Adventure may be rivaled only by military history as literature’s most overflowing genre. The Odyssey, the second-oldest extant work in the Western canon, established the original fan base for the poetry of personal challenge (as its elder sibling, the Iliad, did for depictions of war). In most adventure tales, movement is the engine of moral awakening: risk and hardship on the epic journey yield knowledge available no other way. In the modern age, the classics of the type are proof that staying home on the couch is no way to live, much less write. West with the Night by Beryl Markham, Kon-Tiki by Thor Heyerdahl, An African in Greenland by Tété-Michel Kpomassie, Into Thin Air by Jon Krakauer, Wild by Cheryl Strayed: just a handful of propulsive and wonderful books through which the reader can safely experience peril, not to mention the transporting and the strange. Humans are driven to do some outlandish things, and those who seek to test themselves are the “dangerous men” who “dream with open eyes,” as T. E. Lawrence wrote in his own contribution to the category.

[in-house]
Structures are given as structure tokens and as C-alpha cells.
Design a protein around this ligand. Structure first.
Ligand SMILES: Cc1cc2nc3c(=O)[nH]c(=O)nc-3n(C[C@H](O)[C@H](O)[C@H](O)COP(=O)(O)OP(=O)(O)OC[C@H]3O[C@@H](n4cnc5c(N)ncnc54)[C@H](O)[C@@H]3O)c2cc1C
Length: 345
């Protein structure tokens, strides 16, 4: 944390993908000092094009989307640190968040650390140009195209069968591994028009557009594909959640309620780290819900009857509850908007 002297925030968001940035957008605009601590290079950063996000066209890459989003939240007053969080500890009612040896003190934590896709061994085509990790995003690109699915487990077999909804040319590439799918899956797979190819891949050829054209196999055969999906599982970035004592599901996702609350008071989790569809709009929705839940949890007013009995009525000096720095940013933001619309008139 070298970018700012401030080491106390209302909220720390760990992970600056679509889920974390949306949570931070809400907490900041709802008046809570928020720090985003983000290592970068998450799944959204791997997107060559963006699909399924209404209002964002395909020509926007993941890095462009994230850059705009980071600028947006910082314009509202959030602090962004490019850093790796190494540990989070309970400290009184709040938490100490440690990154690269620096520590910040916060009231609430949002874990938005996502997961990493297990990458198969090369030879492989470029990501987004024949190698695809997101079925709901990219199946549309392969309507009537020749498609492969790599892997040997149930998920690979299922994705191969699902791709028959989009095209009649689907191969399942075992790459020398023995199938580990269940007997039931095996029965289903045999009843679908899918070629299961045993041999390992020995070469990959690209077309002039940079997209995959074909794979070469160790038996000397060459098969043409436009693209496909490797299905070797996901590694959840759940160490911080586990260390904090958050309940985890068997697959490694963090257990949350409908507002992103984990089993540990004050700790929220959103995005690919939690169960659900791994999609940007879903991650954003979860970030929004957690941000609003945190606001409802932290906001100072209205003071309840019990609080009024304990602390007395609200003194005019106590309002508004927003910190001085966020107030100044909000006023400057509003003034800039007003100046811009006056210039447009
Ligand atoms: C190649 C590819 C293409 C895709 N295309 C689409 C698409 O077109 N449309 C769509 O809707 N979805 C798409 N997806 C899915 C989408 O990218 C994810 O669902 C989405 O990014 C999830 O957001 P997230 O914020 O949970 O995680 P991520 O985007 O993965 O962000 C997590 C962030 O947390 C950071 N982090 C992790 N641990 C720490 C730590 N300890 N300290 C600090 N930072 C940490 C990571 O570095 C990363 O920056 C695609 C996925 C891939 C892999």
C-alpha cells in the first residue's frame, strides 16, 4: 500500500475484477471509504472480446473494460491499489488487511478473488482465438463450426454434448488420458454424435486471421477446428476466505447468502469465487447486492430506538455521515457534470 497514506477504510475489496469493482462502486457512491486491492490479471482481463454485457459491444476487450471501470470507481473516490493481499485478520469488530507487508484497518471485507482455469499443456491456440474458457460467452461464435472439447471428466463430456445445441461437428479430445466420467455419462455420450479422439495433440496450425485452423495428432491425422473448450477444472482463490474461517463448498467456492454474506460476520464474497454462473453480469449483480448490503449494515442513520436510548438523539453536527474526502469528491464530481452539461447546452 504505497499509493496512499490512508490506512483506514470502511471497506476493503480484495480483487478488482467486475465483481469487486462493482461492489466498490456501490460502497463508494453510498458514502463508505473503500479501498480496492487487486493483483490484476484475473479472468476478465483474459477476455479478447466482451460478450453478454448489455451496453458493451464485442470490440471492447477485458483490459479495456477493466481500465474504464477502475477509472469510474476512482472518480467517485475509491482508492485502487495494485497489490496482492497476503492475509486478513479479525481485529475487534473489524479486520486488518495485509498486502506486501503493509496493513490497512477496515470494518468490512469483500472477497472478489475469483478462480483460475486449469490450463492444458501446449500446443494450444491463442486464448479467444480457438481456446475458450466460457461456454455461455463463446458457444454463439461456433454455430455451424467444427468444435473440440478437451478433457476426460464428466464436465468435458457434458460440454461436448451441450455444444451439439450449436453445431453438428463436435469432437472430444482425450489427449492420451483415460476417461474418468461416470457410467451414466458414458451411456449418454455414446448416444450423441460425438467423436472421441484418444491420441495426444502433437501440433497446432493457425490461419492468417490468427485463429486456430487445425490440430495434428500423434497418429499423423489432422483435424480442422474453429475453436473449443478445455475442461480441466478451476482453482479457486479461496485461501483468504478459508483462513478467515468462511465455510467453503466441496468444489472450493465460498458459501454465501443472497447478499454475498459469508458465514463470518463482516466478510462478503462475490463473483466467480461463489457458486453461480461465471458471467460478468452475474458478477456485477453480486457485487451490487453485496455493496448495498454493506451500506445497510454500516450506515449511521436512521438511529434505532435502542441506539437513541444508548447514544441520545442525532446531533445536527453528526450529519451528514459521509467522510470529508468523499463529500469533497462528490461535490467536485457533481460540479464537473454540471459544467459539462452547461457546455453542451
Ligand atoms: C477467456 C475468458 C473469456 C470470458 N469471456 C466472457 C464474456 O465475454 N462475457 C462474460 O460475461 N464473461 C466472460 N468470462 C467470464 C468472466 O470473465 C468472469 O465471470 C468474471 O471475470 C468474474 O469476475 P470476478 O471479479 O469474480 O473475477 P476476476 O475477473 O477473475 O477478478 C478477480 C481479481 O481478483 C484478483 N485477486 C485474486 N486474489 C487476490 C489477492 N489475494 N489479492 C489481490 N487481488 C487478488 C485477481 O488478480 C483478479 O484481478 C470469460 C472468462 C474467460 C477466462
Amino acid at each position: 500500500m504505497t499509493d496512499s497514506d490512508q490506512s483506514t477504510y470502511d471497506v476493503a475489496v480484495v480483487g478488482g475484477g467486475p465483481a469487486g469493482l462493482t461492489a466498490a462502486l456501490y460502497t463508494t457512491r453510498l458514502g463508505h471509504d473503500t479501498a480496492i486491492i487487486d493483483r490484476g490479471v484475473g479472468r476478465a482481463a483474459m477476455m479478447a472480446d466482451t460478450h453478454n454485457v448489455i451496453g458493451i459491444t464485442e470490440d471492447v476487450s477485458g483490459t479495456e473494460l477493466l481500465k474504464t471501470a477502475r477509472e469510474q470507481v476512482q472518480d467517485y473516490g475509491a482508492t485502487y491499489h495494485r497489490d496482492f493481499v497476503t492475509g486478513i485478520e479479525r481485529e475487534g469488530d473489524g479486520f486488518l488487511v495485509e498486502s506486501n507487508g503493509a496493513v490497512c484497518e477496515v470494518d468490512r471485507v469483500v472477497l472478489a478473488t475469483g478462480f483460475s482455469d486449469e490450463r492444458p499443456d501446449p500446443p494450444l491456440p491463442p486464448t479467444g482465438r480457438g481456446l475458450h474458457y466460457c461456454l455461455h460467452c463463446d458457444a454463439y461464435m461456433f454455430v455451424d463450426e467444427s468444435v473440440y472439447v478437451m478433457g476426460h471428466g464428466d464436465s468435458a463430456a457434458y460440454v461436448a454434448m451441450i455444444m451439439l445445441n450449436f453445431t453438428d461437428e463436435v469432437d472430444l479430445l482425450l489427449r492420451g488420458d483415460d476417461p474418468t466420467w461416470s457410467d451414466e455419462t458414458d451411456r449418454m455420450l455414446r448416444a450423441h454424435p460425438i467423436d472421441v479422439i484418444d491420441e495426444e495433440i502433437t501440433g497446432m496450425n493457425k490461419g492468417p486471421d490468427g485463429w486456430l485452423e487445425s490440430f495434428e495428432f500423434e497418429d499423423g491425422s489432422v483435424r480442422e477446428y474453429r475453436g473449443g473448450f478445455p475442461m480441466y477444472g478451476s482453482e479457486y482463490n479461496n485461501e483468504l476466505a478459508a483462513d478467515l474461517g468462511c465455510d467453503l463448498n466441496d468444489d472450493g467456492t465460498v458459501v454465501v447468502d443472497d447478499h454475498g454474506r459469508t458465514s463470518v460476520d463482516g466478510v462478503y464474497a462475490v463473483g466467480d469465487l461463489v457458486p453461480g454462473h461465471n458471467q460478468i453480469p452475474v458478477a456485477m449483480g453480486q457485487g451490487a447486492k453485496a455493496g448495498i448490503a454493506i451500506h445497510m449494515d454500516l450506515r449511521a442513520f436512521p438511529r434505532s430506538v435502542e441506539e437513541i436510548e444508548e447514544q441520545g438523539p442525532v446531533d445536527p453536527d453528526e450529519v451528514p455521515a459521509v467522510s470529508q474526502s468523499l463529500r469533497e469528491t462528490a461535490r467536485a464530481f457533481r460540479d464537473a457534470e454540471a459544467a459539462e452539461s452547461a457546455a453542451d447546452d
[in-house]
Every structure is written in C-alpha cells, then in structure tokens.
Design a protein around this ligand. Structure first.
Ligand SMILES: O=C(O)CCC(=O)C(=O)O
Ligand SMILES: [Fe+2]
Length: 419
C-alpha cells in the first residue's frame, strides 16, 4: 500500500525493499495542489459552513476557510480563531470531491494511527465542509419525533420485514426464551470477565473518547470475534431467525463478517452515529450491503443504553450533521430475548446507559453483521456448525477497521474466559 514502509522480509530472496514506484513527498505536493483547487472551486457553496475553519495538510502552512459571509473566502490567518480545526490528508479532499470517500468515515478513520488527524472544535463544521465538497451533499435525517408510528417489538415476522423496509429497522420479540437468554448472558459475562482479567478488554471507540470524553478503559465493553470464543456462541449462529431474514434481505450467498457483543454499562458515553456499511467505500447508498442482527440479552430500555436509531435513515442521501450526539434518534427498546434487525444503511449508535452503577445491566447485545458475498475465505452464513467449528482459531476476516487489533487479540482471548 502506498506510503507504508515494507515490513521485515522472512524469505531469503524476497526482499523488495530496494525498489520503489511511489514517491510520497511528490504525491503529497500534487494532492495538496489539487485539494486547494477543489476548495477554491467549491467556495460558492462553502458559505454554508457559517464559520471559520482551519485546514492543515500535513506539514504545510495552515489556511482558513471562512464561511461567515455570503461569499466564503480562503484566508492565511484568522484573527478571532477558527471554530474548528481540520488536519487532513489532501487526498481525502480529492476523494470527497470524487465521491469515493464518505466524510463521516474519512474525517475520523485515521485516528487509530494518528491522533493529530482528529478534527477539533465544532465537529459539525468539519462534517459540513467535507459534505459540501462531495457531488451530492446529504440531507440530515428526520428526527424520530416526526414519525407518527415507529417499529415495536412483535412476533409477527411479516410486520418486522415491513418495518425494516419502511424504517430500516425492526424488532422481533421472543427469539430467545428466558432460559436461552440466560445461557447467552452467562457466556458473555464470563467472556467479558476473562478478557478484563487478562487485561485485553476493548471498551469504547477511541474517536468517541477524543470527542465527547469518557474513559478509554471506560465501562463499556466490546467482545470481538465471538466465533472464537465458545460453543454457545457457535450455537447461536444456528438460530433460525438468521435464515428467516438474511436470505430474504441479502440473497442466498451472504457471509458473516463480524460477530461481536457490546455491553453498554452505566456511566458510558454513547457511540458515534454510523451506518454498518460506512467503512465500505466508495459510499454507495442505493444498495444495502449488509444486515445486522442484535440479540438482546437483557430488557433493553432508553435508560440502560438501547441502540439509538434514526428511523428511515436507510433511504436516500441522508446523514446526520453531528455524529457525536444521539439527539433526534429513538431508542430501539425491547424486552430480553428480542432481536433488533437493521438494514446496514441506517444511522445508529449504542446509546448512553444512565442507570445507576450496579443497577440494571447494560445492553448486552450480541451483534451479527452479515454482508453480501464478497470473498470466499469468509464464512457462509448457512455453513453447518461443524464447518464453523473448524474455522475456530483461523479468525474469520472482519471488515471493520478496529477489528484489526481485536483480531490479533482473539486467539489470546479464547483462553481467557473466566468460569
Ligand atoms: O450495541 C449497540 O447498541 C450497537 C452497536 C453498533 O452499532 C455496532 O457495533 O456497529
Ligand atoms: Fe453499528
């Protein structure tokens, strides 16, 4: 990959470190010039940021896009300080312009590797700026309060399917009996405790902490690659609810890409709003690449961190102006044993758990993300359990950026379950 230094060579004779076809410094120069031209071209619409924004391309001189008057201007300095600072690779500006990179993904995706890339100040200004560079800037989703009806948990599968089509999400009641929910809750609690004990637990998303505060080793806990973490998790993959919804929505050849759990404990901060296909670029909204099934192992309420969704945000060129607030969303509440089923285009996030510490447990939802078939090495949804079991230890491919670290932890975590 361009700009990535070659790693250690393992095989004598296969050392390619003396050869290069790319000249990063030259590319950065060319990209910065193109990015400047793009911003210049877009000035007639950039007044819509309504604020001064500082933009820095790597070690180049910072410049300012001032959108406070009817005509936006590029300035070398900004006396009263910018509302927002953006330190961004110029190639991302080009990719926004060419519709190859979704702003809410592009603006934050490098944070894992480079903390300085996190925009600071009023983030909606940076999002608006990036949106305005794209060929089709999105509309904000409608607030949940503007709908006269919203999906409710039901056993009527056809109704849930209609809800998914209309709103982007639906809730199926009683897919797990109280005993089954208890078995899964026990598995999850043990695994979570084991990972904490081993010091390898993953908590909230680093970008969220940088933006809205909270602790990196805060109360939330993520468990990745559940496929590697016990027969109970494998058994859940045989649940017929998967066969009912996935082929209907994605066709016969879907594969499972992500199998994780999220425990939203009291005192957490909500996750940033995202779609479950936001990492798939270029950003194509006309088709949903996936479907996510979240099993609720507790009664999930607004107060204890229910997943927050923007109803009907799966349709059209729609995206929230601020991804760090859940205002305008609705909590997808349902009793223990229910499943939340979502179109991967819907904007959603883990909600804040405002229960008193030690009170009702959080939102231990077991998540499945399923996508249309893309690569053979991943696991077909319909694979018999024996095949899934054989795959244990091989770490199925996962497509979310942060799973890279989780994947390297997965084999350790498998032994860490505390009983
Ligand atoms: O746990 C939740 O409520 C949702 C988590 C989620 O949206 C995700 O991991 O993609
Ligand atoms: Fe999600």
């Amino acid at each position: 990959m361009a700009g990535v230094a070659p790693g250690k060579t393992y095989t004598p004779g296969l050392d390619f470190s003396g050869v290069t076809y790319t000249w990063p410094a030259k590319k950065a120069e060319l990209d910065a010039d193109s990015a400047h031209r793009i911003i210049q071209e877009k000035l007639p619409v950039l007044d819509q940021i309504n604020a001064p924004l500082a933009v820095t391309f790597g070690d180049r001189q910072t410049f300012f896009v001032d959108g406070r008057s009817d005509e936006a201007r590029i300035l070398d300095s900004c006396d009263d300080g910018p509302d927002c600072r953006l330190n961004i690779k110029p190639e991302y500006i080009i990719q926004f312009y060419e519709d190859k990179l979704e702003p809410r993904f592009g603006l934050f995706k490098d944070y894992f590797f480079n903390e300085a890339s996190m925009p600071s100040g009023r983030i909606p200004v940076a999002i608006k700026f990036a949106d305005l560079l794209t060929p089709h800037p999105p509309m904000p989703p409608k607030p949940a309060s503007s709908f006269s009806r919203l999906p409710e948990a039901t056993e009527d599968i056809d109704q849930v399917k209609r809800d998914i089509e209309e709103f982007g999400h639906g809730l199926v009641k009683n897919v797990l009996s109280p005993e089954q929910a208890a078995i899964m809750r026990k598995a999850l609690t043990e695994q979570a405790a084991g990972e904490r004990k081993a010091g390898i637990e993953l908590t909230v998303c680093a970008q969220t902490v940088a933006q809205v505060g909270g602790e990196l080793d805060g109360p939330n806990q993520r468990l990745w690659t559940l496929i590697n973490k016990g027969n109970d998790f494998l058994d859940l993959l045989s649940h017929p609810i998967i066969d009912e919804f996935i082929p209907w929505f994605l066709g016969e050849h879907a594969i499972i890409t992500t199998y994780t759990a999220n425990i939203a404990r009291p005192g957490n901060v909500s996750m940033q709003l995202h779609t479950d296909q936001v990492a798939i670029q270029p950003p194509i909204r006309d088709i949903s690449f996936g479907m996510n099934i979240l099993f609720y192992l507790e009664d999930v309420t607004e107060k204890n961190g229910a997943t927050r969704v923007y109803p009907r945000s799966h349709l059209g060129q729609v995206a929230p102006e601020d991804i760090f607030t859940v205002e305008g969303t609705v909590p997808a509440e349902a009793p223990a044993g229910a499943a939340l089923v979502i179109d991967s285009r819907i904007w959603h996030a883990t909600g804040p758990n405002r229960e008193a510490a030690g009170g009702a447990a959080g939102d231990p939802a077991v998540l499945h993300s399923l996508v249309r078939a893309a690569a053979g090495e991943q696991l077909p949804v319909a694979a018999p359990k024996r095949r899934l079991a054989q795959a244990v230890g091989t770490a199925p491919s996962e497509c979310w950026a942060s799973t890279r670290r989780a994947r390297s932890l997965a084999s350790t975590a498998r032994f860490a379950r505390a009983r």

Into this ever-burgeoning literary field comes a dangerous woman named Lara Prior-Palmer, at a gallop, with her memoir Rough Magic: Riding the World’s Loneliest Horse Race. Well, a canter, since a gallop cannot be sustained over the length of the horse race into which she entered at the dewy age of nineteen: an endurance run of a thousand kilometers through the vast and forbidding landscape of Mongolia. Over the course of ten days—or fewer for the burningly competitive, of whom Prior-Palmer will prove an exemplar—riders from all over the world (except Mongolia itself) beat themselves up for the chance to win at beating themselves up. The Mongol Derby is structured as a relay, except it is the native ponies who pass the riders off like batons to the next ponies for a forty-kilometer leg. The horses are unknown to the riders, who have only a short time to make their selection from a line of inscrutable mounts. They may ask the Mongolian herders whose livestock these are which is their fastest—so long as they have enough of the language to understand the response. Or they may assess on their own, and risk being wrong. Prior-Palmer sometimes got a recalcitrant and other times a swift animal, sometimes a willing compatriot and sometimes an adversary who pulled no punches (or bucks). No matter: the Briton was going to get to the next urtuu, or checkpoint, on whoever was under her, however she could.